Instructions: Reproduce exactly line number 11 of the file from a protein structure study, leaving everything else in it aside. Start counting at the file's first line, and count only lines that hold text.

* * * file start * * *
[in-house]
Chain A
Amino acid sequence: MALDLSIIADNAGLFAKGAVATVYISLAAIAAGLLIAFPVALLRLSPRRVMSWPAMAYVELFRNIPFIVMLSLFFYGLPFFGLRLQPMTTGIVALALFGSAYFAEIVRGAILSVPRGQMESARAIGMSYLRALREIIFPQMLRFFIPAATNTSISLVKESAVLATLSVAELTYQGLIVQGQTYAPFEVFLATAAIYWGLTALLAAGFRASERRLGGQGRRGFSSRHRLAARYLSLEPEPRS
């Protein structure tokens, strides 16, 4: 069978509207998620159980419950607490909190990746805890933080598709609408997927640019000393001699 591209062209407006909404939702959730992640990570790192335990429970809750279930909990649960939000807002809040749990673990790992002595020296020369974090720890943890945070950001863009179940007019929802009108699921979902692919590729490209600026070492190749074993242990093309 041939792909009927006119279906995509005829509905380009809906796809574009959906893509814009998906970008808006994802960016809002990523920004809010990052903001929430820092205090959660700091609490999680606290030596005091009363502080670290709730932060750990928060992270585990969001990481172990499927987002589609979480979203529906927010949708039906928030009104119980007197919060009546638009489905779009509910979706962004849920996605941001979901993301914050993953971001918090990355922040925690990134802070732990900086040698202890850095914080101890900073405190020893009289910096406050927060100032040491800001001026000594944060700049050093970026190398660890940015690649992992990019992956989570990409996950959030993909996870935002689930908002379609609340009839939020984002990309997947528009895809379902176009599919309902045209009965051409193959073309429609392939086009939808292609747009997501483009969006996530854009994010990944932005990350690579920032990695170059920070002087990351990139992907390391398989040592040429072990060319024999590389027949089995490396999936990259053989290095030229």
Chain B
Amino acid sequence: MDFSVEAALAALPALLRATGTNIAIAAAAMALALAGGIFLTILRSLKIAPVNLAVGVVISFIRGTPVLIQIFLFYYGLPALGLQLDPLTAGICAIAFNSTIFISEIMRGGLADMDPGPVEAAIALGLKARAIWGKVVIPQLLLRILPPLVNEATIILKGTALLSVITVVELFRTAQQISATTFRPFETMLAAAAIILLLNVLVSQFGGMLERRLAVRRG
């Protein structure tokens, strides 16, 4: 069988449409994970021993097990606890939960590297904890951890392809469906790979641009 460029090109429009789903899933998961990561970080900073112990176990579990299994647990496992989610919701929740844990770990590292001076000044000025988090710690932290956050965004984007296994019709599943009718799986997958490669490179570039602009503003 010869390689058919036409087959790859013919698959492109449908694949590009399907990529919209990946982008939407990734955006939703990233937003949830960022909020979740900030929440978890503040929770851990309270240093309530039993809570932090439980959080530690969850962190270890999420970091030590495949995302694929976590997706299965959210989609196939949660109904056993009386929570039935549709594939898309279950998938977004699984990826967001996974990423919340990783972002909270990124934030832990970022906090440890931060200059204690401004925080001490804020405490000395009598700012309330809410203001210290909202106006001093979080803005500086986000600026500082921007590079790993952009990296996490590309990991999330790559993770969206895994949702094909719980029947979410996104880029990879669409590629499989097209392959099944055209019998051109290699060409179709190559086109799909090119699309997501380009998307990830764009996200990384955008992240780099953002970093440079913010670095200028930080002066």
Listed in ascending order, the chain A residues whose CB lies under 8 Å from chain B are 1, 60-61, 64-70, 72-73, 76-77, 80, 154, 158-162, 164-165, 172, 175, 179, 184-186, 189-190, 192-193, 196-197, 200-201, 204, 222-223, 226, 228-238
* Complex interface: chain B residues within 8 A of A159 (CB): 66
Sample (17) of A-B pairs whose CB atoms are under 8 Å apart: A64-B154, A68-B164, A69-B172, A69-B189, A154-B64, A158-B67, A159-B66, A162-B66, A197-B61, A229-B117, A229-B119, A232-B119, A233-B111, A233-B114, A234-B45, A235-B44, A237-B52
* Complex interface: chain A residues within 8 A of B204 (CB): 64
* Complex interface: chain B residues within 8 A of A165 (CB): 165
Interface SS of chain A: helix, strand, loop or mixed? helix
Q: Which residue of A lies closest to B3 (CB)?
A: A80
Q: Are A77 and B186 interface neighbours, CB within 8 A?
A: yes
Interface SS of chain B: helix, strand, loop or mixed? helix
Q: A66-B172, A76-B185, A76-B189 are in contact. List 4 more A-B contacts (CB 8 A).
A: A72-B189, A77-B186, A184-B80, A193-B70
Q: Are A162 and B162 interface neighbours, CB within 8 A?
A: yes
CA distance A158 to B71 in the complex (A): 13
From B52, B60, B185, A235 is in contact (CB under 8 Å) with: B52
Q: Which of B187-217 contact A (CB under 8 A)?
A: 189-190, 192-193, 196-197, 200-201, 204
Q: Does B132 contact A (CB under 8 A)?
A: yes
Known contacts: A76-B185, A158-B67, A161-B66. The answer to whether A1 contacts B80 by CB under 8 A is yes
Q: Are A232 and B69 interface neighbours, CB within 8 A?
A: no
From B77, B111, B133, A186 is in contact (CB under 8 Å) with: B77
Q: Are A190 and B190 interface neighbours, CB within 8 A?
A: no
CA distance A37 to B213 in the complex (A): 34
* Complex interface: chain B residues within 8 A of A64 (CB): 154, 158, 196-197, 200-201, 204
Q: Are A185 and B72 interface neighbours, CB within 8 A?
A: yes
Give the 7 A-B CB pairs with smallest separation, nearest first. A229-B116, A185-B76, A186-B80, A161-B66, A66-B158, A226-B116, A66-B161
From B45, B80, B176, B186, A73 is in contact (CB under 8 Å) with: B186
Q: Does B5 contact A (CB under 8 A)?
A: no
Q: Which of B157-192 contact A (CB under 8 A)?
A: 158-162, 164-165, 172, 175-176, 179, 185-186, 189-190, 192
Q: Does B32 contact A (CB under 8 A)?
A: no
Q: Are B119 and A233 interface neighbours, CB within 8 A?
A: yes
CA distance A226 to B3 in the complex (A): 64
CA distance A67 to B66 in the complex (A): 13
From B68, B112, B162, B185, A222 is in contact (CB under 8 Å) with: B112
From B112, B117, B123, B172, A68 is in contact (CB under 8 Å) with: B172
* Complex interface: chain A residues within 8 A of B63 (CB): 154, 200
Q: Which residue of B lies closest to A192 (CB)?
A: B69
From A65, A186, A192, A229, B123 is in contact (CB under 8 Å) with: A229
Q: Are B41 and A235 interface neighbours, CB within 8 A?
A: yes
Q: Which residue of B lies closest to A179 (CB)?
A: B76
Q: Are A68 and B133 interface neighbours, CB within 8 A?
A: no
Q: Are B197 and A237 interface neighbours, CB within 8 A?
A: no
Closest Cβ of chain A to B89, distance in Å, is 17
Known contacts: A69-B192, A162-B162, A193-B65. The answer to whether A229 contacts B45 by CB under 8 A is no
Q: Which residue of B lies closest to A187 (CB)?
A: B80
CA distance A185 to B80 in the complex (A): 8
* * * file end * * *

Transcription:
* Complex interface: chain A residues within 8 A of B204 (CB): 64